Sunday, 12 July, 2020

Airbus to cut 15000 jobs

Airbus plane and employees Airbus has announced 15,000 layoffs
Ginger Lawrence | 01 July, 2020, 08:56

The cuts are to be implemented by the summer of 2021, Airbus said in a statement, and follow a drop of almost 40% of the commercial aviation business in recent months. Air traffic is not expected to recover to pre-crisis levels before 2023.

Airbus said compulsory redundancies can not be ruled out at this stage, adding it will work with its social partners to limit the impact of its plans by relying on all available social measures, including voluntary departures, early retirement, and long term partial unemployment schemes where appropriate.

Now, the Chief Executive Officer (CEO) of Airbus Guillaume Faury has provided an indication as to when the European manufacturer expects some sense of normality and a return to 2019-levels of business. "Now, we must ensure that we can sustain our enterprise and emerge from the crisis as a healthy, global aerospace leader". "We must act now to safeguard Airbus and protect its future".

Britain's Unite union called the measures "industrial vandalism".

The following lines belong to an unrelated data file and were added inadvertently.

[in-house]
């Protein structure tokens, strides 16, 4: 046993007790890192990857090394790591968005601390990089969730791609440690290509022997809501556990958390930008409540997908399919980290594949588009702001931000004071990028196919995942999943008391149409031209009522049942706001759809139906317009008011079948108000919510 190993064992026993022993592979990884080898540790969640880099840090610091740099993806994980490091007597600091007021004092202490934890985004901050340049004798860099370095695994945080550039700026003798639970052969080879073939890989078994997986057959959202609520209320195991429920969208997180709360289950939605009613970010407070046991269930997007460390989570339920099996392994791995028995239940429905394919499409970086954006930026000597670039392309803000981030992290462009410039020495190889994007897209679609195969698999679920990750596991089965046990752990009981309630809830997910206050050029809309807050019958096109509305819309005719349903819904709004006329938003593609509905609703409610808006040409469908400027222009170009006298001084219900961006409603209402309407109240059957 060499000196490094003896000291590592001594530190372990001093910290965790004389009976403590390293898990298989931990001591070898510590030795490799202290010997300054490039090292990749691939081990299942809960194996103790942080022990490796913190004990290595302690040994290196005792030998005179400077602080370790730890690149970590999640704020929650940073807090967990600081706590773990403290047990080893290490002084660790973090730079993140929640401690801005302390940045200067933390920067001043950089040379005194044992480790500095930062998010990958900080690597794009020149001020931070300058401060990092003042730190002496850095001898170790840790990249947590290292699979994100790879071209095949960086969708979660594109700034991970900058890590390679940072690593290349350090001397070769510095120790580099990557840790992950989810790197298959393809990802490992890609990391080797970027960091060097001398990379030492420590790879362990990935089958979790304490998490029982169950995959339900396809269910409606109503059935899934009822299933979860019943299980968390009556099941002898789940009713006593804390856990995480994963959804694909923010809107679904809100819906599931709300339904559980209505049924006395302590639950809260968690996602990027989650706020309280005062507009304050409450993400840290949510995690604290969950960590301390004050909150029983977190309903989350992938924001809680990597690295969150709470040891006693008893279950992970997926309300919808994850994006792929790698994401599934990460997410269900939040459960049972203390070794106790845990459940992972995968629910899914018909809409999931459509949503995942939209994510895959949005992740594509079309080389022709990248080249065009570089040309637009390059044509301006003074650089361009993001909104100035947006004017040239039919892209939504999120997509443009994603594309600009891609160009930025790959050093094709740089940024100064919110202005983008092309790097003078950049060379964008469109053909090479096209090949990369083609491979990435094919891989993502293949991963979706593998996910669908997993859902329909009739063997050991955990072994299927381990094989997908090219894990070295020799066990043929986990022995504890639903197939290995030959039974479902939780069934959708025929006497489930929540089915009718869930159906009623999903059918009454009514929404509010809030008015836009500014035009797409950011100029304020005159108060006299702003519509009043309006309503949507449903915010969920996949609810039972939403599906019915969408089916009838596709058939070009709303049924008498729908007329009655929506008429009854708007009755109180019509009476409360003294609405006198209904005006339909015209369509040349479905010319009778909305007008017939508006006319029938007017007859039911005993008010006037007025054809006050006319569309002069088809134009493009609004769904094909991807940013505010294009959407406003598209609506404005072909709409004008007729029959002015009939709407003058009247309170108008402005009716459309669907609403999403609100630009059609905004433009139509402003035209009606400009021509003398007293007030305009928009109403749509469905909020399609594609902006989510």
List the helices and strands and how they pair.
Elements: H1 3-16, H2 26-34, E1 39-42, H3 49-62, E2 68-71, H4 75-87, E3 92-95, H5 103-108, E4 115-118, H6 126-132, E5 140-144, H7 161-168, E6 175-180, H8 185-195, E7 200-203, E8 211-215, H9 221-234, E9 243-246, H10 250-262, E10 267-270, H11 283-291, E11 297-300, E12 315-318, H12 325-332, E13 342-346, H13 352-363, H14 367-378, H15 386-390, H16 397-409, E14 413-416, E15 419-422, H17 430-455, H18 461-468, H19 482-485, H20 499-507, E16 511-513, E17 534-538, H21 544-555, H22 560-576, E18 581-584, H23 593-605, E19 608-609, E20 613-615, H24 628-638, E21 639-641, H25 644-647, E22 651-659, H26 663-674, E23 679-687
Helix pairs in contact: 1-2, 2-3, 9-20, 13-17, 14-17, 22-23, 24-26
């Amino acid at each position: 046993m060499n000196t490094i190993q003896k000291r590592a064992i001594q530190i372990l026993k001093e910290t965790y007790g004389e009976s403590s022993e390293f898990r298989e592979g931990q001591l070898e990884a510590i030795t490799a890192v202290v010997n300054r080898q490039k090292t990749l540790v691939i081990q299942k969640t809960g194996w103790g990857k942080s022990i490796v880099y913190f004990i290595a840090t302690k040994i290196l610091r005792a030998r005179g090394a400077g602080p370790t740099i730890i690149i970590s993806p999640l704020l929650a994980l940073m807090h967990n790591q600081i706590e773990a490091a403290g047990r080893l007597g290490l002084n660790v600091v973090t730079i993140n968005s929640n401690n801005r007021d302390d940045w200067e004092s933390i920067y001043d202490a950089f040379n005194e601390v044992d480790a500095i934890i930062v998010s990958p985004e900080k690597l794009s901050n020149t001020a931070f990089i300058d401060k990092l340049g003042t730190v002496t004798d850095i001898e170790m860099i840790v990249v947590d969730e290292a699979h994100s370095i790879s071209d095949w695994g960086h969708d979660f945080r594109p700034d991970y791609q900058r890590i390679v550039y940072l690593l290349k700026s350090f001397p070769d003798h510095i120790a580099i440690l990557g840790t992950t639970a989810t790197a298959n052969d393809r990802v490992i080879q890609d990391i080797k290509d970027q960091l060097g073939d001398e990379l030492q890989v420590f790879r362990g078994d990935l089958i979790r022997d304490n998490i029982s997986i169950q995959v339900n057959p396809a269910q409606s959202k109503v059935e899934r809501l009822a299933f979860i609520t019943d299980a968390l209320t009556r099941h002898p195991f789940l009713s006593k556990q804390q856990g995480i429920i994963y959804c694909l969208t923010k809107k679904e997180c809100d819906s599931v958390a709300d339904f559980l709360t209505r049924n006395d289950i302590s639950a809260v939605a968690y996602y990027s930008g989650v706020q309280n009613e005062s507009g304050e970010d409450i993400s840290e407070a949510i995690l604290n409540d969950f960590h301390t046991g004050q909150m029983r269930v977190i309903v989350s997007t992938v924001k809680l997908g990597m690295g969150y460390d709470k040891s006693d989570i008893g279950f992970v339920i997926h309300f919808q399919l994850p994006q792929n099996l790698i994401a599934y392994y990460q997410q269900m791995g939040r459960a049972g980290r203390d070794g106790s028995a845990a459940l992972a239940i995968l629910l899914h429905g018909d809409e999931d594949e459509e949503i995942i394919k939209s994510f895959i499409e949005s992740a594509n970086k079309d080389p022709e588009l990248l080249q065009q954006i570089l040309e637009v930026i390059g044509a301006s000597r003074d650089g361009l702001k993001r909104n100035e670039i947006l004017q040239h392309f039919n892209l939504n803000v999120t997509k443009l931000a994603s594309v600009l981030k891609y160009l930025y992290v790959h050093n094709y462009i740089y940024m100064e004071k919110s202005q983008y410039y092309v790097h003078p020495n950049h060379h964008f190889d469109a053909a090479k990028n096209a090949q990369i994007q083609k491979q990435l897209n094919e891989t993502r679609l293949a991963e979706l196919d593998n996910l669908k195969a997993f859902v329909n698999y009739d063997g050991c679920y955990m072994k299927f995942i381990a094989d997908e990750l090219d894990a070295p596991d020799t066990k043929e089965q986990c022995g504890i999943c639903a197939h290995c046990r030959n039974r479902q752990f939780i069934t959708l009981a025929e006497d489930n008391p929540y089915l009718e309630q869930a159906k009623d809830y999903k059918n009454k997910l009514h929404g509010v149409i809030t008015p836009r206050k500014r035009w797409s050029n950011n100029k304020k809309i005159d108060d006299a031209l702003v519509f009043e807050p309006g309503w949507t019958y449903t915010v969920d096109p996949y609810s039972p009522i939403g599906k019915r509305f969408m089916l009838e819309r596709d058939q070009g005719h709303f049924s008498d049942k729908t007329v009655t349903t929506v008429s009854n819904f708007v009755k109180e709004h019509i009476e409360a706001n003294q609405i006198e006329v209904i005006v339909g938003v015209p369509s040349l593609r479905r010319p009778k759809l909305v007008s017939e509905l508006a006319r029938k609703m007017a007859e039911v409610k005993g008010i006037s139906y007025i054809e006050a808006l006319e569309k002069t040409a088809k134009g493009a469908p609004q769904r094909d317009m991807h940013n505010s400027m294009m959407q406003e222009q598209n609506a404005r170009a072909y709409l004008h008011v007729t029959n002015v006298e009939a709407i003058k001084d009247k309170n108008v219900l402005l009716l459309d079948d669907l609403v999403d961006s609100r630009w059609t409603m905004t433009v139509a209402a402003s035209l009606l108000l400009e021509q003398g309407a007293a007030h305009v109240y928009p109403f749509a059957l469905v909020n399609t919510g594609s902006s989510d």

ADS, the United Kingdom trade body representing the aerospace, defence and security sectors, said new measures were "urgently required" to support a recovery in the sector.

Job cuts have appeared likely at Airbus since early on in the crisis.

"Being the largest commercial aircraft company in the UK, Airbus is central to our aerospace industry and has a close relationship with its highly-integrated UK supply chain".

"The UK Government is watching from the sidelines while a national asset is destroyed".

The cuts come as new aircraft sales are down and customers are deferring orders
The cuts come as new aircraft sales are down and customers are deferring orders

France and Germany own 11% each of Airbus and Spain 4%, but since 2013 governance rules shield Airbus from direct state interference.

The party is calling for an extension to the furlough scheme - under which the taxpayer subsidises 80% of wages for temporarily laid-off workers - for the most badly-affected sectors, as well as a "sectoral deal" to protect the aviation industry as a whole.

Mr Skates said his thoughts were with workers and their families. Staff reductions will stretch beyond the commercial aviation division hit hard by the coronavirus, with the helicopter and defence units also set to lose headcount, said the source, who asked not to be named discussing confidential matters.

Faury said the company is working with the unions in each country to reach agreement on the job cuts by this fall.

Some 134,000 people work for Airbus worldwide, with around a tenth of them in the UK.

He said he would provide more detail of the Welsh Government's response on Wednesday.

"Nobody should be under any illusion about the impact Covid is having on aerospace, a critical part of the Welsh economy".

He said Airbus supported another three local jobs for every one at the firm.

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